SMS is the new black

A review of mass market mobile apps

Reports of Text Messaging Demise Still Premature

Posted by Admin on January 30, 2009

A number of people have been writing about the growth of Mobile IM and how it is now eating into the numbers of SMS sent and received – although this blog isn’t one of them! William Dudley, the Group Director, Messaging & GRX Products at Sybase 365 has written an article that disproves that. He argues that SMS is still alive and well.

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william-dudley-sybase-365Recently, industry media have been abuzz with headlines, blogs, and articles regarding the imminent demise of SMS due to cannibalisation by Mobile Instant Messaging (MIM). Most often, they were quoting a study from TNS Global Telecoms Insight (GTI) that states that instant messaging will ultimately displace SMS (and to some extent, email) as the primary non-voice P2P communications medium for mobile phones.

While the study and its methodology are both sound, the conclusions drawn may be slightly flawed. MIM has yet to take on the viral attributes of SMS. For those who use MIM frequently—likely within their own community of friends and associates—it may work well, and these particular users may very well use less SMS and more MIM. However, the simple fact is that until MIM and instant messaging overcome their fractured, mass of incompatible communities (e.g. AOL IM, MSN IM, Google Talk, ICQ, and of course the GSMA’s Personal Instant Messaging [PIM]), they will not have the same mass global appeal that SMS has enjoyed for the past few years.

In the United States, SMS continues its solid traffic growth–with a doubling of traffic volumes from first quarter 2007 through first quarter 2008. M:Metrics reports that SMS subscriber usage in the USA has reached approximately 50%. In Western Europe, subscriber usage ranges from the high 70% to mid 80% rate. Mobile Instant Messaging usage rates, on the other hand, are still quite low, averaging less than 5% of the Western European subscriber population, with a better showing at 8% of the US subscriber population. Drilling down even further, one can find that the MIM usage among surveyed subscribers is even lower for operators purported to have launched the GSMA’s PIM, with the highest service usage usually MSN’s instant messaging service.

Still, according to the M:Metrics data, when looking at the growth of the US subscriber population using MIM at least once per month over a one year period, we see a growth rate of 21%, while over the same time period, SMS grew 23% to almost 50% of the subscriber population using it at least once per month. Given the substantially larger base of SMS users, the 23% growth rate is essentially non-comparable to the 21% growth of MIM use with regards to the numbers it represents. Additionally, accounting for a doubling of volume, while the number of subscribers that use SMS only grew 23%, it is evident that the frequent SMS users are sending even more messages. While several other countries have even stronger MIM usage among subscribers (for example, China grew to 11% of their subscribers using MIM in February 2008), this does not show signs of the viral growth patterns that SMS has demonstrated previously and still does in many markets. Consequently, any talk about the demise of SMS as a simple, non-voice medium is speculative at best and misleading at worst.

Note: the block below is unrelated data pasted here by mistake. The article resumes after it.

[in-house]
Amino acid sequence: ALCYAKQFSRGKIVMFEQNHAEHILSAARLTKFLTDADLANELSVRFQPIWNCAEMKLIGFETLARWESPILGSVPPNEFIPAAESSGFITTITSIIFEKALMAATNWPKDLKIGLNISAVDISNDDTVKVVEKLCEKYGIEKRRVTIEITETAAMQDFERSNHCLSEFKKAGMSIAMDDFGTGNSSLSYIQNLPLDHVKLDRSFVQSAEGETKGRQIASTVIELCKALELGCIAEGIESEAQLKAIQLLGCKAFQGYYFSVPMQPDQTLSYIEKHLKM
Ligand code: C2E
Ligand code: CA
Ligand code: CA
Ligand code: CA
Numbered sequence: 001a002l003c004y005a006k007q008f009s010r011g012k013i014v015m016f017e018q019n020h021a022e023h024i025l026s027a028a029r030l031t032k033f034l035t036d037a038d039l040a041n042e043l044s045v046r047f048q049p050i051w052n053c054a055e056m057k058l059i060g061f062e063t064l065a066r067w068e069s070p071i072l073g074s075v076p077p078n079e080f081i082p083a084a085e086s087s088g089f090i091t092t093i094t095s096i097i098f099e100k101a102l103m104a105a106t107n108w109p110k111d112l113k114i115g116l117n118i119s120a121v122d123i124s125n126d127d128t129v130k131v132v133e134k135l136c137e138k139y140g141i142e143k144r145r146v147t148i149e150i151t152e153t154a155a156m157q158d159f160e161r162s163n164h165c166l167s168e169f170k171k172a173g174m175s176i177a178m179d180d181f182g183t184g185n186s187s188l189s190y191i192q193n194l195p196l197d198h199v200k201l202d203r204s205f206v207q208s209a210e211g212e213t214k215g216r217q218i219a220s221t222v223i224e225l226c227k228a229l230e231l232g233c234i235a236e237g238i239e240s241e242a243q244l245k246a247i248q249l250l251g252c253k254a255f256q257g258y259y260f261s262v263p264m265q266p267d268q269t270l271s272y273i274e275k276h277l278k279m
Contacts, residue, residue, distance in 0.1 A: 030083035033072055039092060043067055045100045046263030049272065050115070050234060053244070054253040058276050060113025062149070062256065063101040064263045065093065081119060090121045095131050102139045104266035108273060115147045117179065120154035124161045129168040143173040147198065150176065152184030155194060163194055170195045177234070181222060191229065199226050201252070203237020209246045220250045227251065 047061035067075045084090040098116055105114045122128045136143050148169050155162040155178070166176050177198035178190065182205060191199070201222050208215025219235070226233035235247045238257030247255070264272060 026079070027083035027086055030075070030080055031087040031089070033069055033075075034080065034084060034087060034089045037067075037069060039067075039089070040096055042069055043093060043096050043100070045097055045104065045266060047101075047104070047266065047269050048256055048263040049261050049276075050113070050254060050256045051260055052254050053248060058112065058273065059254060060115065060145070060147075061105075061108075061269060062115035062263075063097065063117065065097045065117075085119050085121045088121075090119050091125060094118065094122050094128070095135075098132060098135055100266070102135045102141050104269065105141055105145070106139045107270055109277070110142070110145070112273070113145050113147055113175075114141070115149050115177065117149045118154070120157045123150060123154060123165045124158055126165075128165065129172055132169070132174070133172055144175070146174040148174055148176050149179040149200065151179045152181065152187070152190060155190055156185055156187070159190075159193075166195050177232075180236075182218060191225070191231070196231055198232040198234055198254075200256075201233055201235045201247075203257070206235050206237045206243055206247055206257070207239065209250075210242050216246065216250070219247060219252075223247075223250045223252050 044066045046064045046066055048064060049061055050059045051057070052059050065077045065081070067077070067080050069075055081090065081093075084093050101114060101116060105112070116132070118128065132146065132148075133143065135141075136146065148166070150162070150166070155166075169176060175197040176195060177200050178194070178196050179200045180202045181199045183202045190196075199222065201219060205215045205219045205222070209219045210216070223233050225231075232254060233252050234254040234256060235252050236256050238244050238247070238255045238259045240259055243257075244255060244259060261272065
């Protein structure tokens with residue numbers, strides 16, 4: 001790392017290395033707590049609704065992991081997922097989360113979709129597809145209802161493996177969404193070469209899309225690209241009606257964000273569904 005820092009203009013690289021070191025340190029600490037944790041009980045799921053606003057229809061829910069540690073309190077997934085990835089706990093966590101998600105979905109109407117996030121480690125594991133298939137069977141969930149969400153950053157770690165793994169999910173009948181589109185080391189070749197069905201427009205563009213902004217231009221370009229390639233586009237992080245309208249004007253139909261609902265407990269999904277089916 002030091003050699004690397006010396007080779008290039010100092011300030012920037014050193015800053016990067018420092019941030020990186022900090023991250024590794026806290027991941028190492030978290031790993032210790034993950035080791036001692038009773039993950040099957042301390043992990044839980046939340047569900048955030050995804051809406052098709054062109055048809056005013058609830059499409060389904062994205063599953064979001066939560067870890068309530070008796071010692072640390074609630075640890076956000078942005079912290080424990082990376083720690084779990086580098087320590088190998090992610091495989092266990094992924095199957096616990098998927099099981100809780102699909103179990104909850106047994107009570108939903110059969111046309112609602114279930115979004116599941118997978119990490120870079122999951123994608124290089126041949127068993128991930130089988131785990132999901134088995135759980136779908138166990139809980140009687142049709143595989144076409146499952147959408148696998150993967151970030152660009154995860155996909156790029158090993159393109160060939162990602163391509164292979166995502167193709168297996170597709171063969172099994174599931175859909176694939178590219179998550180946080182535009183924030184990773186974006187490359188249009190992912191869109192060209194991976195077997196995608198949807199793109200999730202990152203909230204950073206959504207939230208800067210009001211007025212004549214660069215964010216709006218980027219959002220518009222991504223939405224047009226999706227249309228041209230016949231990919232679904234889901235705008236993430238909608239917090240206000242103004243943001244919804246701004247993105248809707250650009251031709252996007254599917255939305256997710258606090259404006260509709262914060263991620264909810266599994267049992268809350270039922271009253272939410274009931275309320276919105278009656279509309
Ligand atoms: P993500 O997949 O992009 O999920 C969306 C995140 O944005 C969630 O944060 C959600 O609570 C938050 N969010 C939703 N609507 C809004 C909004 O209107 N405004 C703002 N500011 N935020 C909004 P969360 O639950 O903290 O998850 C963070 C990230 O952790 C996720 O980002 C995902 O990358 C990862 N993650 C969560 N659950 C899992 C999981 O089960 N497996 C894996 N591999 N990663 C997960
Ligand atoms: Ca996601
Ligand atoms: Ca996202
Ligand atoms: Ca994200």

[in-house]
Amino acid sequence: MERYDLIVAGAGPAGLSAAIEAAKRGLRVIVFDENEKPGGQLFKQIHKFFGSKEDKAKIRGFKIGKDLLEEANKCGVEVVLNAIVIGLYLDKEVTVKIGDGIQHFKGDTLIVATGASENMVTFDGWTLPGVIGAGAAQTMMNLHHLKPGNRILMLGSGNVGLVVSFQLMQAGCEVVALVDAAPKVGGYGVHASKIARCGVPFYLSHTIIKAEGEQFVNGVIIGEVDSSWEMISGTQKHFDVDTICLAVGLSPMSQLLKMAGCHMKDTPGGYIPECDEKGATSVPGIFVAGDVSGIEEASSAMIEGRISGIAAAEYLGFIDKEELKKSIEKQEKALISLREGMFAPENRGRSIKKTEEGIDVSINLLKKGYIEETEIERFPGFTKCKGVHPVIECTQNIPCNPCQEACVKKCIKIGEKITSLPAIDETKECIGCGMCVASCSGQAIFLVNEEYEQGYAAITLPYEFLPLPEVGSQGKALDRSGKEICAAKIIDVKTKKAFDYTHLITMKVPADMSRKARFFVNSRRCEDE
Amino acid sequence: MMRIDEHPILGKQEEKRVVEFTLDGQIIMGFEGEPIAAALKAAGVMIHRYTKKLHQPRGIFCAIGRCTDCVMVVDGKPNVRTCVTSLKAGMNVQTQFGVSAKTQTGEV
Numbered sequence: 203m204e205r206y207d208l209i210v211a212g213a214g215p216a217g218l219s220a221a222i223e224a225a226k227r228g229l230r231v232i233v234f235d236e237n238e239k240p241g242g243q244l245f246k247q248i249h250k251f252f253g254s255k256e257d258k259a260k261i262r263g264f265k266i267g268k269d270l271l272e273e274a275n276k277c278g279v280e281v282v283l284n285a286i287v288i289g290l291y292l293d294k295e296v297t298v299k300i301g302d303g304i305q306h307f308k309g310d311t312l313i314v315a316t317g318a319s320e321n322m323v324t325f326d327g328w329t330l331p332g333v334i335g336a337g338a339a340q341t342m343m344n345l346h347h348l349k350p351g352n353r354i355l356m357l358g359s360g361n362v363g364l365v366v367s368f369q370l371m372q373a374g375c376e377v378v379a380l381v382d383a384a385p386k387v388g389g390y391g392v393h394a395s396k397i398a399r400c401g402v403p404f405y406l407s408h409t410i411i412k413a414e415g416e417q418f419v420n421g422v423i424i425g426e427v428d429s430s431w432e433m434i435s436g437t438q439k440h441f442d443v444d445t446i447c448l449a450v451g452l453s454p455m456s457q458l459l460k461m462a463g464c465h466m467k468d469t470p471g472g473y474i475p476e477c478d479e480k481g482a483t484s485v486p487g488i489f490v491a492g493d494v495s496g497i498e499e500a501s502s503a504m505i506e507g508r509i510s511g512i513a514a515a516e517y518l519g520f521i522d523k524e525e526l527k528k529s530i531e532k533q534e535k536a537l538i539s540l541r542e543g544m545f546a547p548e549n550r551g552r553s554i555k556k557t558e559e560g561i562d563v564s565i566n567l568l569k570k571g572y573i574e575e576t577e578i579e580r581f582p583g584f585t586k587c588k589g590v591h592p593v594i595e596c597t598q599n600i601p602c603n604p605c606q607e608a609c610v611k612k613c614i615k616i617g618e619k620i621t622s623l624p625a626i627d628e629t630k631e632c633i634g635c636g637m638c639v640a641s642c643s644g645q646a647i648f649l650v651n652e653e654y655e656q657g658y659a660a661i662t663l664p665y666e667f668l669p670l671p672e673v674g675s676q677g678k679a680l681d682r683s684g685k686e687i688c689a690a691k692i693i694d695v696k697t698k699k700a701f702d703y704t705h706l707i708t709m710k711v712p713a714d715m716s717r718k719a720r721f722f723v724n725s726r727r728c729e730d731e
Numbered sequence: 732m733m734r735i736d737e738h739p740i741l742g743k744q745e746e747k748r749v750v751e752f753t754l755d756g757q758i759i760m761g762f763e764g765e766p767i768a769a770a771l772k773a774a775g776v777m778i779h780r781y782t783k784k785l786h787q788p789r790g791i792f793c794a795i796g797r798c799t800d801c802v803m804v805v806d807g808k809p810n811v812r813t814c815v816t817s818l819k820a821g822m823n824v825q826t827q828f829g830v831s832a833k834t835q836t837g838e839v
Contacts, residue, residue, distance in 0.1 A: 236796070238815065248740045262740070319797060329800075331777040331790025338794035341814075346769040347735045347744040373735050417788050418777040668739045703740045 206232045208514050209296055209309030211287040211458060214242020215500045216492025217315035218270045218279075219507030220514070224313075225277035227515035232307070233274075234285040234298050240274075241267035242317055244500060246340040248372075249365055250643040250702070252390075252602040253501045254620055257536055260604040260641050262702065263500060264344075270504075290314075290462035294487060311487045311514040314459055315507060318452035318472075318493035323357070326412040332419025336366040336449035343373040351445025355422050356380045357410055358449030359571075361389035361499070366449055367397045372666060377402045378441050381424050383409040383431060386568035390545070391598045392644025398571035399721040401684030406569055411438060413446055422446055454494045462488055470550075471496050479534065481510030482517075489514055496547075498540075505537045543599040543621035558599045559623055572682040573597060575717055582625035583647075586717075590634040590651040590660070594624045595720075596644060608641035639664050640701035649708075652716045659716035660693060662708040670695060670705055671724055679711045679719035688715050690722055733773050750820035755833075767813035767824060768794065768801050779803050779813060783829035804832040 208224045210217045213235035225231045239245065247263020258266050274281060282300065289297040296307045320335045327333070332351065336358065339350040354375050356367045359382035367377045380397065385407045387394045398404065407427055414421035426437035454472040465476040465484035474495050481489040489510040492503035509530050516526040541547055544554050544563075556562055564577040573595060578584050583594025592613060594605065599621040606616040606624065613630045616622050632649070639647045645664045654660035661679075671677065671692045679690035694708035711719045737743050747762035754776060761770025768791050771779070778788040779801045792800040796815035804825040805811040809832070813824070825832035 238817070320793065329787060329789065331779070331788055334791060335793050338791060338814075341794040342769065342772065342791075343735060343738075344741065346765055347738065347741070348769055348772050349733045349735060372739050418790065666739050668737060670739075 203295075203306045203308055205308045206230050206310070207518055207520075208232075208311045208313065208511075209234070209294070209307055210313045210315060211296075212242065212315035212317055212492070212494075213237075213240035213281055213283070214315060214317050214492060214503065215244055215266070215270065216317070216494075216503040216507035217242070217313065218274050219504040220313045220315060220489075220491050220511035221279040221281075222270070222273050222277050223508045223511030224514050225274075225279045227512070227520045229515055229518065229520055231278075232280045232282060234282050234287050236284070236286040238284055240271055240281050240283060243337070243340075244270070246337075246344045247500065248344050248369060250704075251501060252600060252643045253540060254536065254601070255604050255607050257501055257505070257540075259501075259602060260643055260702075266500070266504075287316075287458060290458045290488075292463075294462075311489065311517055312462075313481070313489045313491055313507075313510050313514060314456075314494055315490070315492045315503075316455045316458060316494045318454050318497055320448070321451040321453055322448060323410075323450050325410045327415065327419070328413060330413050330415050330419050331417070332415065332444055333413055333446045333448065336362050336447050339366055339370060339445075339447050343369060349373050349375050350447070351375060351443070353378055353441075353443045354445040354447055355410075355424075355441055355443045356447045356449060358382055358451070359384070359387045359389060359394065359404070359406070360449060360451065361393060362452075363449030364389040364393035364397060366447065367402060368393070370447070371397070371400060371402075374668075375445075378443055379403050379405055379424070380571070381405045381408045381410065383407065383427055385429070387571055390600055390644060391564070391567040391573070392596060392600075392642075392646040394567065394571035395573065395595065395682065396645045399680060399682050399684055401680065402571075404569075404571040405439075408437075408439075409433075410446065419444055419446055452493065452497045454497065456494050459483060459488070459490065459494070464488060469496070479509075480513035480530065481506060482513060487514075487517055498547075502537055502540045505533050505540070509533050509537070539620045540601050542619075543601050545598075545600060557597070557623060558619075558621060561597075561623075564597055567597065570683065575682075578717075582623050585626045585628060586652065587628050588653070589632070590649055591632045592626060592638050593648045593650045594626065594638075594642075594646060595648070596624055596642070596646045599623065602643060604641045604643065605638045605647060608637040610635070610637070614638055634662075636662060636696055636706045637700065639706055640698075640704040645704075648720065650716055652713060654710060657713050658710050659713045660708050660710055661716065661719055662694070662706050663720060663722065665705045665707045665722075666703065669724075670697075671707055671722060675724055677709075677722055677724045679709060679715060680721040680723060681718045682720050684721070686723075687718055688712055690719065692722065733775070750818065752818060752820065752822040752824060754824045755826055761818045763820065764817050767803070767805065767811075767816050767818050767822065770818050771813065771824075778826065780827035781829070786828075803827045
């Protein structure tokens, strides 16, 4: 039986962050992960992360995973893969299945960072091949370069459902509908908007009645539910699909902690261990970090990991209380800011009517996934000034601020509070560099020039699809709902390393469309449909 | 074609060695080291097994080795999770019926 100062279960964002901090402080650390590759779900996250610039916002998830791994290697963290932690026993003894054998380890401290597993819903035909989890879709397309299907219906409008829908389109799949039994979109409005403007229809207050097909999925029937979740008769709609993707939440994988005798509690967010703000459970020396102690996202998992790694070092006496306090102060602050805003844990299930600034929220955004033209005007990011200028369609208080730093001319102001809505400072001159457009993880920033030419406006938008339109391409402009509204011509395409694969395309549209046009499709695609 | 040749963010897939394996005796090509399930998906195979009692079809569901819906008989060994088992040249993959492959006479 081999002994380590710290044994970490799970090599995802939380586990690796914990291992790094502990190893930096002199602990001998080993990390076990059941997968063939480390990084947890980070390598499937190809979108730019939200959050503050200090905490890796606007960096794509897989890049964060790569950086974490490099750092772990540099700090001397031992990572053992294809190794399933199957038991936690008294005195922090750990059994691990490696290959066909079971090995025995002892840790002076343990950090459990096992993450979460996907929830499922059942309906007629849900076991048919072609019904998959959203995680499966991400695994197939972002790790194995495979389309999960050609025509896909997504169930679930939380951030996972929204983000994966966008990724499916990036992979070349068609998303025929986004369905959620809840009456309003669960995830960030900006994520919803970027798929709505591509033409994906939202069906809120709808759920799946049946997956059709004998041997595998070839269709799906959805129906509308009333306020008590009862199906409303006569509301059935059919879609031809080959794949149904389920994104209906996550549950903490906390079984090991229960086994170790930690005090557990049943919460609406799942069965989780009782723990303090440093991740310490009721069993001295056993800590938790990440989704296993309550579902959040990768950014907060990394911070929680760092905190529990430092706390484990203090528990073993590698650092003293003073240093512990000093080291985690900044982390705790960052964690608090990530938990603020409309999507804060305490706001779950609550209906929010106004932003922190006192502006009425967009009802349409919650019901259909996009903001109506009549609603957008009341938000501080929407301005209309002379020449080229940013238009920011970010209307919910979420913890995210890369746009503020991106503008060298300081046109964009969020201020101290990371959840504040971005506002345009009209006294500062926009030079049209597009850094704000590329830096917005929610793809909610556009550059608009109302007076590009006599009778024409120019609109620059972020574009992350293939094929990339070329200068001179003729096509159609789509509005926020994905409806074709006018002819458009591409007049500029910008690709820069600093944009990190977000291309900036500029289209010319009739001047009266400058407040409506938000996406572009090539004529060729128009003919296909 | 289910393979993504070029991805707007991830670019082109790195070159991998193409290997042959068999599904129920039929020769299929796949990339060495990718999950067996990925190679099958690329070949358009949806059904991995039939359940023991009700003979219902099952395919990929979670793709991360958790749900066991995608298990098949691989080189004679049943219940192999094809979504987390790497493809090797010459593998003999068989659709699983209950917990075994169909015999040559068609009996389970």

SMS provides a level of ubiquity that MIM will struggle to achieve. While Internet access from mobile phones is not yet universal (but becoming more so with the greater prevalence of 3G networks), one would assume that this does in fact, bode well for MIM, and badly for SMS. In fact, the TNS GTI press release states:

“The cost of instant messaging is next to nothing, as the only cost is a very small data transfer fee. With consumers being accustomed to instant messaging from their PC from companies like Yahoo and MS, and more mobile operators offering unlimited use of Web browsers, the take up of MIM is going to increase significantly–leaving SMS and fixed email from PC behind.”

However, if one takes a look at some of the 3G-only operators, such as Hutchison-Whampoa in the UK, M:Metrics shows the MIM usage as 11.4%–one of the highest in Western Europe, which appears to support TNS’s conclusion that SMS and email are left behind as MIM increases. We equally see that Hutchinson-Whampoa’s SMS usage by subscribers is also amongst the highest in Western Europe–as are email, MMS and other Internet-driven services–meaning that the 3G-only network subscribers are heavy users of both Internet and traditional mobile messaging services. While the Hutchinson case is only one operator example, this type of higher MIM usage shows that the reality is such that even where MIM is well-used among subscribers, it still hasn’t and will not cannibalise SMS traffic anytime soon.

Finally, as we look to the future, we are already seeing IM-like features creeping into the SMS ecosystem, combining some of the desirable features of IM, such as presence and threaded messages, with the ubiquity, reach, and simplicity of SMS–further discrediting the notion that MIM will displace SMS at any time soon.

William Dudley, Group Director, Messaging & GRX Products – Sybase 365

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